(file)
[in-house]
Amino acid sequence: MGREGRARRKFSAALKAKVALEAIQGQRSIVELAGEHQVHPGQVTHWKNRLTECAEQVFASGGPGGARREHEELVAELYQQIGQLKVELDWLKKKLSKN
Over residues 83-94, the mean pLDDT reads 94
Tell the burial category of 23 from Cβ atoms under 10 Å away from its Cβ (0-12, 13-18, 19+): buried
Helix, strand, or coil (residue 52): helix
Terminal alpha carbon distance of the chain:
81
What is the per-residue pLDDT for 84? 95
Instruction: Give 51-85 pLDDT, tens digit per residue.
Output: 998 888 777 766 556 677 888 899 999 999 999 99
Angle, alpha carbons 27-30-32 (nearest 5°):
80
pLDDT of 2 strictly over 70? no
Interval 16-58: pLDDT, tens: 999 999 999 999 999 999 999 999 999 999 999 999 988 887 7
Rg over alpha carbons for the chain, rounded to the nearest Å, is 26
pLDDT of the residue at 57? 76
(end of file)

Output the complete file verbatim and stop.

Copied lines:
[in-house]
Amino acid sequence: MGREGRARRKFSAALKAKVALEAIQGQRSIVELAGEHQVHPGQVTHWKNRLTECAEQVFASGGPGGARREHEELVAELYQQIGQLKVELDWLKKKLSKN
Over residues 83-94, the mean pLDDT reads 94
Tell the burial category of 23 from Cβ atoms under 10 Å away from its Cβ (0-12, 13-18, 19+): buried
Helix, strand, or coil (residue 52): helix
Terminal alpha carbon distance of the chain:
81
What is the per-residue pLDDT for 84? 95
Instruction: Give 51-85 pLDDT, tens digit per residue.
Output: 998 888 777 766 556 677 888 899 999 999 999 99
Angle, alpha carbons 27-30-32 (nearest 5°):
80
pLDDT of 2 strictly over 70? no
Interval 16-58: pLDDT, tens: 999 999 999 999 999 999 999 999 999 999 999 999 988 887 7
Rg over alpha carbons for the chain, rounded to the nearest Å, is 26
pLDDT of the residue at 57? 76